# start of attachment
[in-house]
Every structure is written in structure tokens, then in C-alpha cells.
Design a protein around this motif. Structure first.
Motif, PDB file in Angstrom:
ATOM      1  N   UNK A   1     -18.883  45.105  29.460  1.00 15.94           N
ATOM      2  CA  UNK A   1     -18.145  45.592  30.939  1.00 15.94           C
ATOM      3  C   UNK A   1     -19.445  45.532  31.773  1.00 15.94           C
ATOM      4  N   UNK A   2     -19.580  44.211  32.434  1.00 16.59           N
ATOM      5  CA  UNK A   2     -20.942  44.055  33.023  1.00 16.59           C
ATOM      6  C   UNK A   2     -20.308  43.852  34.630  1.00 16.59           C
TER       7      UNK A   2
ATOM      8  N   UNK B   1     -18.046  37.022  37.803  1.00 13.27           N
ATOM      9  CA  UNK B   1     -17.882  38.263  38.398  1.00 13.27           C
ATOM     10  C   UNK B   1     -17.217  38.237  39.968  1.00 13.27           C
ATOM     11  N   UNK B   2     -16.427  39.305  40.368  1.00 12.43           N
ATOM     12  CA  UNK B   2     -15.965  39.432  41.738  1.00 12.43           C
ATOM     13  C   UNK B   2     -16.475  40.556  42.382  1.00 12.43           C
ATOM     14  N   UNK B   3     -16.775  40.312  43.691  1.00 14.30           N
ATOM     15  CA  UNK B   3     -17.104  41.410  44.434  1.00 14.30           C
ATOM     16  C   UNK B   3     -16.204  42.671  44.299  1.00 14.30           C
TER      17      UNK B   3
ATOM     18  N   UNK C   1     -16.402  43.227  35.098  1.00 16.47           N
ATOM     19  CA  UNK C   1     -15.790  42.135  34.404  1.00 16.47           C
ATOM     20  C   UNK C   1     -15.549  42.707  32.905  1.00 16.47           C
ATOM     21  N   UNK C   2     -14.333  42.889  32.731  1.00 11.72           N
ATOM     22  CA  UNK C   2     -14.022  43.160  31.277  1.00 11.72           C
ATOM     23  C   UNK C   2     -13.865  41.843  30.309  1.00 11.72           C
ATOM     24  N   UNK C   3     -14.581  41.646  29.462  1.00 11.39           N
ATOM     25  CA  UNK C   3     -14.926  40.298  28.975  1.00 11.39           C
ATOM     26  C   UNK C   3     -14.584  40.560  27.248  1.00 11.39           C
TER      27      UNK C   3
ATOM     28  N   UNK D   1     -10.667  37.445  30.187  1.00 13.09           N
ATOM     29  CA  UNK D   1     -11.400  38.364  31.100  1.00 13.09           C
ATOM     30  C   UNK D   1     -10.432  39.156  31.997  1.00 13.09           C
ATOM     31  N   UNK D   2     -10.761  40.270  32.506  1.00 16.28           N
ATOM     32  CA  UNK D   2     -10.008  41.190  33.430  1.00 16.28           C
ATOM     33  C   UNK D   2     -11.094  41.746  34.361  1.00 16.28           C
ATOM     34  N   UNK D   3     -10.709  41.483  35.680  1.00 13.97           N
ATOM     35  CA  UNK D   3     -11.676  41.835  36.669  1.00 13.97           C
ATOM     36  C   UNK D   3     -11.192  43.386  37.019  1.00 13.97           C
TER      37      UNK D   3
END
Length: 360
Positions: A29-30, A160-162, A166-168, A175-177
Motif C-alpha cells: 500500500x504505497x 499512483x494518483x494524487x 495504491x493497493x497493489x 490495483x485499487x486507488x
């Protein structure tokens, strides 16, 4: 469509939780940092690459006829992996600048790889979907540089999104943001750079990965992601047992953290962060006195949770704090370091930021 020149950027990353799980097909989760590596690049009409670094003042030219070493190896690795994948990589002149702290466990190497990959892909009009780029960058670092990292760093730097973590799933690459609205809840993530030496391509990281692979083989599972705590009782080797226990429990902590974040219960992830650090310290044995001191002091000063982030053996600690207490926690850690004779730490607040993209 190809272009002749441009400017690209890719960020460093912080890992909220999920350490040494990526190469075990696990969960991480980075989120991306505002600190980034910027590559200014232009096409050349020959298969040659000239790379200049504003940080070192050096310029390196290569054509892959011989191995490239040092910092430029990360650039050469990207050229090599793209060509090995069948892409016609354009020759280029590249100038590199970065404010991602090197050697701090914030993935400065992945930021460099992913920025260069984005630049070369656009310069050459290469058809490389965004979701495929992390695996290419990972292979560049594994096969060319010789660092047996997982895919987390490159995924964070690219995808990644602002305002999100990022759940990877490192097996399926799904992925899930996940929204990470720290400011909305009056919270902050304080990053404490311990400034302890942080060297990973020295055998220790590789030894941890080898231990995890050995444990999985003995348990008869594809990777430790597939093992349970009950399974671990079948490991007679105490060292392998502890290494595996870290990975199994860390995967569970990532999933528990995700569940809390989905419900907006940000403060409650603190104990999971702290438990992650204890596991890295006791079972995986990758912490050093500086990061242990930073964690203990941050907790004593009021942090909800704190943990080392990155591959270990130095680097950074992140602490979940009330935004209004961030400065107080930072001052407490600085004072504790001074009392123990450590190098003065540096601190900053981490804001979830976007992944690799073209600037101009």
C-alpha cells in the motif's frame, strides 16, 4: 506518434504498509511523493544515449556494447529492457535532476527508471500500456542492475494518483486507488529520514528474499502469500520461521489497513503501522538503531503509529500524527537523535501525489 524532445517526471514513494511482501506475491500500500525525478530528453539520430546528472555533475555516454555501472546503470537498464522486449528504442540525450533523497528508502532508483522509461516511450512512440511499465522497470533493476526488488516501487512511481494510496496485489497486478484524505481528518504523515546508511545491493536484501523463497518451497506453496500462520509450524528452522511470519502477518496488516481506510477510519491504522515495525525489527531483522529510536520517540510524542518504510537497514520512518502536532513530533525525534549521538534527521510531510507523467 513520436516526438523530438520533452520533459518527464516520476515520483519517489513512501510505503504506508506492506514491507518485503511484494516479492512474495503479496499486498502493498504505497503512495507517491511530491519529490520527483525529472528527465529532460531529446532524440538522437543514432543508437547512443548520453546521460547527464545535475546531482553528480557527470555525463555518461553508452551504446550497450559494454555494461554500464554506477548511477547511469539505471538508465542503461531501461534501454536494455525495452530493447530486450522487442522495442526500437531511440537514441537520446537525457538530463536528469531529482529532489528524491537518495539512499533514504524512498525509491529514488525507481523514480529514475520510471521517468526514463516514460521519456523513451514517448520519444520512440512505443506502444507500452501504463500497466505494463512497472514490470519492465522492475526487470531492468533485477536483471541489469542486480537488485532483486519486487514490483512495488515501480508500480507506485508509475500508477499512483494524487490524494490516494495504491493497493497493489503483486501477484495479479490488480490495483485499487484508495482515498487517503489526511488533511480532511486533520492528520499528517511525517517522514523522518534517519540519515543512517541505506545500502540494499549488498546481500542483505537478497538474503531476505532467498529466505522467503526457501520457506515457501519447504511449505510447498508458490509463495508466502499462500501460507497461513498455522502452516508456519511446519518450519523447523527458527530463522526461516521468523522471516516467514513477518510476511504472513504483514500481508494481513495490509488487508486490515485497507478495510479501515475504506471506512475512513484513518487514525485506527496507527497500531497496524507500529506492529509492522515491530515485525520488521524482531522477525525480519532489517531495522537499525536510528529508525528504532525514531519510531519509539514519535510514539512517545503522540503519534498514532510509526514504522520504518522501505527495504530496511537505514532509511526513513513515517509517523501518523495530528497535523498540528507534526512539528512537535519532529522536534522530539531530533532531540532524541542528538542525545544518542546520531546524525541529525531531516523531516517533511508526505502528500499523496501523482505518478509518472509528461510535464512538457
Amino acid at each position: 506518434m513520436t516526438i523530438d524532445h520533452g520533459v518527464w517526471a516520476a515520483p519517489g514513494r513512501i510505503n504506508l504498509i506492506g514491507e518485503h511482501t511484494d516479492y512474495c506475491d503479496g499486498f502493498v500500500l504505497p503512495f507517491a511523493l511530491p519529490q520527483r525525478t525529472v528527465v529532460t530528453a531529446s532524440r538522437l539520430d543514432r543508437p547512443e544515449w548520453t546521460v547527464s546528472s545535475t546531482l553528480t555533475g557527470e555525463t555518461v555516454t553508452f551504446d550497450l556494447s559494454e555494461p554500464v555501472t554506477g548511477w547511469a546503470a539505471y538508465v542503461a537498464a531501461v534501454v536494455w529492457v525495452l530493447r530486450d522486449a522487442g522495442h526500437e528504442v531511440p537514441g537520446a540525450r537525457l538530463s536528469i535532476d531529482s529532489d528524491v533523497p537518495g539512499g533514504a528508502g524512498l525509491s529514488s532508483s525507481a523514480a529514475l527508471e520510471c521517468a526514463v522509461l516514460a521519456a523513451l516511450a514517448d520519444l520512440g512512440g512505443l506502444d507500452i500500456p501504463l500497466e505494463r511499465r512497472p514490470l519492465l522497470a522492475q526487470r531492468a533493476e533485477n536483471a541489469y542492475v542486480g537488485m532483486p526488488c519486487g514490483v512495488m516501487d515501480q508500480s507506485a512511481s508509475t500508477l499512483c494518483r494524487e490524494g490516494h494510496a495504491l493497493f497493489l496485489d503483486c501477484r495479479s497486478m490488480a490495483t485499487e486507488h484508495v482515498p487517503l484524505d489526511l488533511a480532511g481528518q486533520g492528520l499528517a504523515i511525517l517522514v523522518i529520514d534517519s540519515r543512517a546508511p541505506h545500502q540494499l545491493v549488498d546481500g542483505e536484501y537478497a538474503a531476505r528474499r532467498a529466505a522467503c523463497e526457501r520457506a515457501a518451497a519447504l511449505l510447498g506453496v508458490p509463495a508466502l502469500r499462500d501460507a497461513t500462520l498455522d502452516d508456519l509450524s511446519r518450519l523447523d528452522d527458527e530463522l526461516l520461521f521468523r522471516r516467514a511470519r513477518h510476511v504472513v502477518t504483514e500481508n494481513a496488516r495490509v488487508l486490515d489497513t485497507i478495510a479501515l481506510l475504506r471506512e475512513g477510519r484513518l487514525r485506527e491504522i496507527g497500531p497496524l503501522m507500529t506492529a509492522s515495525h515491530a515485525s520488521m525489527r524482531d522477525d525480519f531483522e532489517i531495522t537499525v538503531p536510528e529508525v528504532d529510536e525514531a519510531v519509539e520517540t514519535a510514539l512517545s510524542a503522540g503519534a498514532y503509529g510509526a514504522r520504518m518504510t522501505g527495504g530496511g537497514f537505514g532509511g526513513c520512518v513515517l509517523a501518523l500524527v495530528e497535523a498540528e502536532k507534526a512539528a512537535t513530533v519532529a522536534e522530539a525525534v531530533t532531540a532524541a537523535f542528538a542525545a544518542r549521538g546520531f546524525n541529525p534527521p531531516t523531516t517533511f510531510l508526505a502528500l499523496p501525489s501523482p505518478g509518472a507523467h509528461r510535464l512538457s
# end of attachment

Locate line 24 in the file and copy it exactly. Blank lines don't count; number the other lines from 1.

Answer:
ATOM     20  C   UNK C   1     -15.549  42.707  32.905  1.00 16.47           C